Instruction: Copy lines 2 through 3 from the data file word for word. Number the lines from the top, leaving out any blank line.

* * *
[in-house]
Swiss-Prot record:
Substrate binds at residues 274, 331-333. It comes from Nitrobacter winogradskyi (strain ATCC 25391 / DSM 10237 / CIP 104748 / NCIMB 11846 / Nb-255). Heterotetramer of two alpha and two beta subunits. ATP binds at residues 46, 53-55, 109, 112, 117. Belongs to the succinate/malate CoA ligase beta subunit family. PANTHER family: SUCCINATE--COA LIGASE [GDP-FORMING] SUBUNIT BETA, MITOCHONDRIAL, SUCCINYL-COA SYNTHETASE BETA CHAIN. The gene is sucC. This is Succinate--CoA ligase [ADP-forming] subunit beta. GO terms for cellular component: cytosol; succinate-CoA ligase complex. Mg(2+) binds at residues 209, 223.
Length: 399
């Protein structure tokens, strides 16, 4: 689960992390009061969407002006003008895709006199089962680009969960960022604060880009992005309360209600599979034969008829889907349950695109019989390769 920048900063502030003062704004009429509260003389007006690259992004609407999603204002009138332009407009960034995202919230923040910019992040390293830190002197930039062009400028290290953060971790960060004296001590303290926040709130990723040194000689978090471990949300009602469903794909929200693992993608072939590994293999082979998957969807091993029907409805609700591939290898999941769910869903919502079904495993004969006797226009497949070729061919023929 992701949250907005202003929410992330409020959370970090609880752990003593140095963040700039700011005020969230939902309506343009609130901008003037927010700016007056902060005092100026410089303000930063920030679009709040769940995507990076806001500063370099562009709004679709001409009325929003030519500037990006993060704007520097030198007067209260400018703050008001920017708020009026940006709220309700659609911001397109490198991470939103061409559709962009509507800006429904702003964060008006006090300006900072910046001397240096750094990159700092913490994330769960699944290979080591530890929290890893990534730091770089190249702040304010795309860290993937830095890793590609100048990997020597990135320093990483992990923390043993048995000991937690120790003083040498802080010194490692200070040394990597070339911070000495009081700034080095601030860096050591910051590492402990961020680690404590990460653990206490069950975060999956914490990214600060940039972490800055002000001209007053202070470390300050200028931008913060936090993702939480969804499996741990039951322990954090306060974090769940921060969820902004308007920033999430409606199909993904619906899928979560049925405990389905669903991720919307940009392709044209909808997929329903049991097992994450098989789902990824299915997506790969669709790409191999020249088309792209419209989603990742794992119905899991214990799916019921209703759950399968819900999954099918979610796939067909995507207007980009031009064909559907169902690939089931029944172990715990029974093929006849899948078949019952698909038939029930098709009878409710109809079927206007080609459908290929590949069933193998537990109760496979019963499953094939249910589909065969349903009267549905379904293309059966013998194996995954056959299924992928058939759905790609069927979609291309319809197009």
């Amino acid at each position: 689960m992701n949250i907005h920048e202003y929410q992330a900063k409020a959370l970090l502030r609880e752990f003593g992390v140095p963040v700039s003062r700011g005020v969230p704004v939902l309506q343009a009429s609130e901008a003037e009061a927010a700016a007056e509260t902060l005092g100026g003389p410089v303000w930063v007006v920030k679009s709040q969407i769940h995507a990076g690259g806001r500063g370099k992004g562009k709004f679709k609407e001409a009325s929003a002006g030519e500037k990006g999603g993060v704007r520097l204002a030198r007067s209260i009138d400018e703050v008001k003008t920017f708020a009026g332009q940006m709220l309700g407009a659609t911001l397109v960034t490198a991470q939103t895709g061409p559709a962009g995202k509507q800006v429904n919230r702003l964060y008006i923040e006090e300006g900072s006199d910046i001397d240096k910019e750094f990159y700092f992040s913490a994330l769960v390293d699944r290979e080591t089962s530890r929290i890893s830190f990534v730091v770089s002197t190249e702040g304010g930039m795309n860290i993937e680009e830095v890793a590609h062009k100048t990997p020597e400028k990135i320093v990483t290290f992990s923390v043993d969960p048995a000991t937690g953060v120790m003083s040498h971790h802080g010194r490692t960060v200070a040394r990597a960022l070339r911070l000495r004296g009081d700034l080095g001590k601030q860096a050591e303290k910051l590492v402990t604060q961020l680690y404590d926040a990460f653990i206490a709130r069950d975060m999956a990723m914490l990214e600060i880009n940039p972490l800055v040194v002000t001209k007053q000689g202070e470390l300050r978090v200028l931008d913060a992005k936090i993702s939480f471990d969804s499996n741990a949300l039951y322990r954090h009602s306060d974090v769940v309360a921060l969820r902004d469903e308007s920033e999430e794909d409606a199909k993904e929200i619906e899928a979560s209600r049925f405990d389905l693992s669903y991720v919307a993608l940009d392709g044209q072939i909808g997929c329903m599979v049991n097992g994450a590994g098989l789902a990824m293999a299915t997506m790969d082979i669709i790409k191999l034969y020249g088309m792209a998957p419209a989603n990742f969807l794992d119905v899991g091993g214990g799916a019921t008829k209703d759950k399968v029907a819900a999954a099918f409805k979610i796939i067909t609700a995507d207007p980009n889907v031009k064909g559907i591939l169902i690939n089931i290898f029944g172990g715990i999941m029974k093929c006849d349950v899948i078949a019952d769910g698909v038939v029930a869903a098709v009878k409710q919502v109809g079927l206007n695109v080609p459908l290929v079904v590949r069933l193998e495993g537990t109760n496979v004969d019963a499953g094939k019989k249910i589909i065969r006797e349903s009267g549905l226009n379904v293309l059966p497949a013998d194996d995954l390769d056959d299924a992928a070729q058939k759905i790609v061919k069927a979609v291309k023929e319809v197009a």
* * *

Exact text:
Swiss-Prot record:
Substrate binds at residues 274, 331-333. It comes from Nitrobacter winogradskyi (strain ATCC 25391 / DSM 10237 / CIP 104748 / NCIMB 11846 / Nb-255). Heterotetramer of two alpha and two beta subunits. ATP binds at residues 46, 53-55, 109, 112, 117. Belongs to the succinate/malate CoA ligase beta subunit family. PANTHER family: SUCCINATE--COA LIGASE [GDP-FORMING] SUBUNIT BETA, MITOCHONDRIAL, SUCCINYL-COA SYNTHETASE BETA CHAIN. The gene is sucC. This is Succinate--CoA ligase [ADP-forming] subunit beta. GO terms for cellular component: cytosol; succinate-CoA ligase complex. Mg(2+) binds at residues 209, 223.